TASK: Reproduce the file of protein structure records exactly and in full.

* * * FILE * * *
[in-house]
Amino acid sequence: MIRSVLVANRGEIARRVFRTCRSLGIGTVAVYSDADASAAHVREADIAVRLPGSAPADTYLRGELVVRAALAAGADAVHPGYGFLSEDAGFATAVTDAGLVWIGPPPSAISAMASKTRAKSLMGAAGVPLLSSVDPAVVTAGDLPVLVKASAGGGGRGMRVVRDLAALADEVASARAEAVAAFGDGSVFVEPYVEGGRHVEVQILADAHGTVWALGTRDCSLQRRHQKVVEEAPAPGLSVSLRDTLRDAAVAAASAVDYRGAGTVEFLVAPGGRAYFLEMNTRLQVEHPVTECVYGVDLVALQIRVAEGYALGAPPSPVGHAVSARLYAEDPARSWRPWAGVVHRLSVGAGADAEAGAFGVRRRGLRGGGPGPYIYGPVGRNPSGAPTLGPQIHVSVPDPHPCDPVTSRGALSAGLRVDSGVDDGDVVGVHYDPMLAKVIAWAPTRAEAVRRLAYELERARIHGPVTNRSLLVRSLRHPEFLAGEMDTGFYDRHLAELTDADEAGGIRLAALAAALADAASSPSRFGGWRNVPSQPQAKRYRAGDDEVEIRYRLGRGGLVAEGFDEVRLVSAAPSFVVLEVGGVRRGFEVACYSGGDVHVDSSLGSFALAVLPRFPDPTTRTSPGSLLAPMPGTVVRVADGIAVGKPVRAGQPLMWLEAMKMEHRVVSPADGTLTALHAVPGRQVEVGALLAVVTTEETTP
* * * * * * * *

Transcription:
[in-house]
Amino acid sequence: MIRSVLVANRGEIARRVFRTCRSLGIGTVAVYSDADASAAHVREADIAVRLPGSAPADTYLRGELVVRAALAAGADAVHPGYGFLSEDAGFATAVTDAGLVWIGPPPSAISAMASKTRAKSLMGAAGVPLLSSVDPAVVTAGDLPVLVKASAGGGGRGMRVVRDLAALADEVASARAEAVAAFGDGSVFVEPYVEGGRHVEVQILADAHGTVWALGTRDCSLQRRHQKVVEEAPAPGLSVSLRDTLRDAAVAAASAVDYRGAGTVEFLVAPGGRAYFLEMNTRLQVEHPVTECVYGVDLVALQIRVAEGYALGAPPSPVGHAVSARLYAEDPARSWRPWAGVVHRLSVGAGADAEAGAFGVRRRGLRGGGPGPYIYGPVGRNPSGAPTLGPQIHVSVPDPHPCDPVTSRGALSAGLRVDSGVDDGDVVGVHYDPMLAKVIAWAPTRAEAVRRLAYELERARIHGPVTNRSLLVRSLRHPEFLAGEMDTGFYDRHLAELTDADEAGGIRLAALAAALADAASSPSRFGGWRNVPSQPQAKRYRAGDDEVEIRYRLGRGGLVAEGFDEVRLVSAAPSFVVLEVGGVRRGFEVACYSGGDVHVDSSLGSFALAVLPRFPDPTTRTSPGSLLAPMPGTVVRVADGIAVGKPVRAGQPLMWLEAMKMEHRVVSPADGTLTALHAVPGRQVEVGALLAVVTTEETTP